Artificial intelligence is more effective at detecting cervical cancer than established lab tests, according to a pilot study out of Seoul, South Korea.
Looking to apply their Automated Visual Evaluation (AVE) algorithm to clinical workflow, tech company MobileODT launched a study in which they compared their AI approach to a run-of-the-mill cervical cancer detection technique in 212 women in South Korea. They used their existing AVE algorithm, which was previously validated by the National Cancer Institute and National Library of Medicine, to develop a clinical decision support (CDS) tool that could be used at the point of care and would ideally save patients time and money.
The pilot took place under the guidance of Laonz, a local medical equipment company. MobileODT researchers compared cancer detection with their CDS algorithm to Pap cytology in all women, measuring accuracy in comparison to biopsies. The study found the CDS tool to be “clearly” superior, according to a release.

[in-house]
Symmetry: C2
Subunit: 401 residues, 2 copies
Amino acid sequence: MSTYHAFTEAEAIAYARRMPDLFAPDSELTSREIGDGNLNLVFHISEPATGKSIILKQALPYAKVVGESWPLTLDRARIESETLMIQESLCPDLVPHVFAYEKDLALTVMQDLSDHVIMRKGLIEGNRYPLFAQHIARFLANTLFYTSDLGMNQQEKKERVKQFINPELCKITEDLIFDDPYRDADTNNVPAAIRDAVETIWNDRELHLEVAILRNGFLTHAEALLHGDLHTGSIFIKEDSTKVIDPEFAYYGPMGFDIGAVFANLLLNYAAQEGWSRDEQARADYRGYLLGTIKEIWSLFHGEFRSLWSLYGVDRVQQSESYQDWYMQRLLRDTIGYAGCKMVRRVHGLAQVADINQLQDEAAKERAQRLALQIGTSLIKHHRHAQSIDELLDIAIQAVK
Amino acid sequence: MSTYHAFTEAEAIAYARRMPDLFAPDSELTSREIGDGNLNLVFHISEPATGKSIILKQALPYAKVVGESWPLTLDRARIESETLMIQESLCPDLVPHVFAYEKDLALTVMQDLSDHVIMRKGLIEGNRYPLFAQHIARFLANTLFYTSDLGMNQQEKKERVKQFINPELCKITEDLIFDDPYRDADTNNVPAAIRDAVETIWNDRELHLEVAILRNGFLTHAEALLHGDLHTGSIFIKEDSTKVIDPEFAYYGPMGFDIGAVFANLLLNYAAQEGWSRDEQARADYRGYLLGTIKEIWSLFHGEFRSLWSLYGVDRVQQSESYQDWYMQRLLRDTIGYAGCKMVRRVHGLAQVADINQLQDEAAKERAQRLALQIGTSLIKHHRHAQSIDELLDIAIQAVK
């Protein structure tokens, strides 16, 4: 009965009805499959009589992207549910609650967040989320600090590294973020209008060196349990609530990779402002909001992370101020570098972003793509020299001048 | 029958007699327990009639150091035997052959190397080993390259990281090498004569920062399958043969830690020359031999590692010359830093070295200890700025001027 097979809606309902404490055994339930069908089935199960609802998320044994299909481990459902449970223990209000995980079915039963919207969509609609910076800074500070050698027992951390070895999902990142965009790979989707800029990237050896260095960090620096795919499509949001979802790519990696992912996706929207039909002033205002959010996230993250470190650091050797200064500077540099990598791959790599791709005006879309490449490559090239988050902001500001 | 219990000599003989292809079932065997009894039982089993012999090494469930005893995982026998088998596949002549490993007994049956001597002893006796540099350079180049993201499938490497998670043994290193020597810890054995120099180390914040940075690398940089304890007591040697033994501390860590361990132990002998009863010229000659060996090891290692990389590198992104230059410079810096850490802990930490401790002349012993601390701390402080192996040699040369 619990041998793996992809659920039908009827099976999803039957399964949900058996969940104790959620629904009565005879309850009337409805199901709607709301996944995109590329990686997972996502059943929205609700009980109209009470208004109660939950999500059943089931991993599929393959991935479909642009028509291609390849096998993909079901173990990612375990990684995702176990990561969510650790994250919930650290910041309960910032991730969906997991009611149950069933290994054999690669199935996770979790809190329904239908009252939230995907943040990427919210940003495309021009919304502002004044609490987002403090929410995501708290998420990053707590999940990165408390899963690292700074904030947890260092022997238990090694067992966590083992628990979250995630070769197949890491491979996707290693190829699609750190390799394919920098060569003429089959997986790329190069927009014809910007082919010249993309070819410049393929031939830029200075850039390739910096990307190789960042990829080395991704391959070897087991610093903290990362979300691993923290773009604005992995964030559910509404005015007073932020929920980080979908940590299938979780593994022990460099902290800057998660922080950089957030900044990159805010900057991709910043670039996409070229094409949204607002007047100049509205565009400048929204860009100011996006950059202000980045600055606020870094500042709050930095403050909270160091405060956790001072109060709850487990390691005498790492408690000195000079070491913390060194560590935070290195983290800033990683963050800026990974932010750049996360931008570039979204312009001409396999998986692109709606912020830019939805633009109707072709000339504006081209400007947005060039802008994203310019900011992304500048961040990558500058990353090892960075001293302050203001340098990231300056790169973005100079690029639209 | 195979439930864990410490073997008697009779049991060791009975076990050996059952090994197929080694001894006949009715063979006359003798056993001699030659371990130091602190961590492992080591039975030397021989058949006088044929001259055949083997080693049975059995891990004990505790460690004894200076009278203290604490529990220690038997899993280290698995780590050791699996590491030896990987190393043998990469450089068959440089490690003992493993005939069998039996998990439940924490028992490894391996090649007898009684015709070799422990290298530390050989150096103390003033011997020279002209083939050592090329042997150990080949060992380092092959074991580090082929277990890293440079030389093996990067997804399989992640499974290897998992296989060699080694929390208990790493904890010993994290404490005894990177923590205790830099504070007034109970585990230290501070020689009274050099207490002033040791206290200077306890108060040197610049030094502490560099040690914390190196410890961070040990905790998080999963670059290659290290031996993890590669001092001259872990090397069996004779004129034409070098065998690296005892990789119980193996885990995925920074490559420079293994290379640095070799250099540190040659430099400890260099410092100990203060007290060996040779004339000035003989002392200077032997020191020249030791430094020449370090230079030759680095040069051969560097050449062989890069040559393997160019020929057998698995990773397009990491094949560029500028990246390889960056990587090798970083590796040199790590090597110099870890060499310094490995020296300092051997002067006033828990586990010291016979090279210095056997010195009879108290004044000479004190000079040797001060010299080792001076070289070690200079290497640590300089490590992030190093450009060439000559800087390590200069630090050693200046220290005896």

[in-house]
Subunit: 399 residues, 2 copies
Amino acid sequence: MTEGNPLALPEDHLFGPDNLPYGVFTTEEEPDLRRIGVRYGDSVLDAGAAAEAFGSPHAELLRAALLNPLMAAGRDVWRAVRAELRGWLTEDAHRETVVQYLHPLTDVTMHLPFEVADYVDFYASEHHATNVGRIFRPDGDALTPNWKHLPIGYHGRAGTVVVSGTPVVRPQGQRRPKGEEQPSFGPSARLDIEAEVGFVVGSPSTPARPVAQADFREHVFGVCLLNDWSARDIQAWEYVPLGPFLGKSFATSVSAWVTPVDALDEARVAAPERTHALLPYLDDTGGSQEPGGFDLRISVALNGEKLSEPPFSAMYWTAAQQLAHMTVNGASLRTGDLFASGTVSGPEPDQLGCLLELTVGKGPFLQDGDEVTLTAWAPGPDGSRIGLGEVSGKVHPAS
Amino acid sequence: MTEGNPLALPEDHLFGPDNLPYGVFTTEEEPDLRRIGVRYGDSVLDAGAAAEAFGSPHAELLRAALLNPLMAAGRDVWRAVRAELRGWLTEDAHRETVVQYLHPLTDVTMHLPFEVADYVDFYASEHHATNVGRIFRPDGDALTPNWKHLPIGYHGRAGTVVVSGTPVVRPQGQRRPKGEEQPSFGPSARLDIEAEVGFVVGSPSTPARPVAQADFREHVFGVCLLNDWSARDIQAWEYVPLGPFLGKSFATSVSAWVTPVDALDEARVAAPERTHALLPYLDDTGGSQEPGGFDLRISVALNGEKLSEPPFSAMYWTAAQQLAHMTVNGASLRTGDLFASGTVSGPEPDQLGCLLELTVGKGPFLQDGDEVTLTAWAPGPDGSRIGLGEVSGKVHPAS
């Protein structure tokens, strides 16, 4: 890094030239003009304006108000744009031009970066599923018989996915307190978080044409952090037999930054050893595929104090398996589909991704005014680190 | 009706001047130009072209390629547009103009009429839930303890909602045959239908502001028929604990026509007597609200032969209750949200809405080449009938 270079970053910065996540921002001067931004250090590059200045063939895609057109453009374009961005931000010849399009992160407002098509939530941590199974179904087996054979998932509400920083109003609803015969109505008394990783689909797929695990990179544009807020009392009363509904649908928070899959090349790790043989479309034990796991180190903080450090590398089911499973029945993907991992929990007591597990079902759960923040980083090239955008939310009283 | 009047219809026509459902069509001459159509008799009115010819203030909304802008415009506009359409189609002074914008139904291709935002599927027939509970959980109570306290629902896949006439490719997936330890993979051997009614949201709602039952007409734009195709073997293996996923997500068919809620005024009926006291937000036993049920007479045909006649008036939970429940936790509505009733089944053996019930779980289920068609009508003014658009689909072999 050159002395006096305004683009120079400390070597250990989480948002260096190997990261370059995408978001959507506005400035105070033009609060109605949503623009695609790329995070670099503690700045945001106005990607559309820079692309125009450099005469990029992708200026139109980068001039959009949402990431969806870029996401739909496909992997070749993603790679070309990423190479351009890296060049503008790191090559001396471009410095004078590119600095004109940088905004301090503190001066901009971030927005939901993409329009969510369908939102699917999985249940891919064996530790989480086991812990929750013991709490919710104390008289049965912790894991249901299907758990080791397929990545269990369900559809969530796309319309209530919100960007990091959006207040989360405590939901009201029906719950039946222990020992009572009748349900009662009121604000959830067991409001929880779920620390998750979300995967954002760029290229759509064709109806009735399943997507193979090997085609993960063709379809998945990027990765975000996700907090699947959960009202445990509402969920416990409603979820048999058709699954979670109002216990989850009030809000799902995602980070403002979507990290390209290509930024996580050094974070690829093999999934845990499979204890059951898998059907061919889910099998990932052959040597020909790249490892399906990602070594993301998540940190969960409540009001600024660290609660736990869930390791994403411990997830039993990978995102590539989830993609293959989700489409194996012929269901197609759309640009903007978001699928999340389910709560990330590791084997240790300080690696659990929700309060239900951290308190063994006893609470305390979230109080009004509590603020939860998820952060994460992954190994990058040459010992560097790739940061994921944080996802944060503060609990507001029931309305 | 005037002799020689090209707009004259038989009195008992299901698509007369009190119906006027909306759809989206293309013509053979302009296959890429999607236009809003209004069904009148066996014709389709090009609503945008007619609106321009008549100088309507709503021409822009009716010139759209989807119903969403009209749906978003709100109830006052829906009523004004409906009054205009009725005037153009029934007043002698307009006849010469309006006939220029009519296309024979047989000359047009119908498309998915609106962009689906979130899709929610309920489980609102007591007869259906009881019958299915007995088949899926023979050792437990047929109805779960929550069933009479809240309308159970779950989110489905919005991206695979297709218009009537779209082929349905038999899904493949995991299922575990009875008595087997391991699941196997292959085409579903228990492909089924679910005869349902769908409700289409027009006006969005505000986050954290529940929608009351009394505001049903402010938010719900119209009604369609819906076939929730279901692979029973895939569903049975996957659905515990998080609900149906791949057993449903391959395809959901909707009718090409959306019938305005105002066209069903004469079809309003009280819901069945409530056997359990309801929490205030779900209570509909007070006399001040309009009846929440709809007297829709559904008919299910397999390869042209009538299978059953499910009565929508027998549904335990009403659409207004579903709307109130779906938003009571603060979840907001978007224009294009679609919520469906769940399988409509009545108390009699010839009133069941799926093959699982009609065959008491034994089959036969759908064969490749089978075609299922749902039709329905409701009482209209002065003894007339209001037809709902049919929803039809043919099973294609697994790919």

“Using EVA with CDS in the clinic, the 10 participating doctors could know within minutes what the AI predicts about the patient, instead of waiting days for the laboratories to return their results,” Thomas Han of Laonz said in the release.
Indeed, the team’s work suggested CDS results would be readily available within a minute of testing, while the patient is still in the exam room. In contrast, Pap cytology can take up to three days to deliver reliable results.
“CDS on the EVA System is the first real-world demonstration of how AVE AI technology can be used for point-of-care screening and has the potential to improve the accuracy and access to cervical cancer screening globally,” Yael Misrahi, global head of partnerships for MobileODT, said.
The researchers are slated to present their findings at the ASCCP Annual Scientific Meeting in Atlanta April 4-7.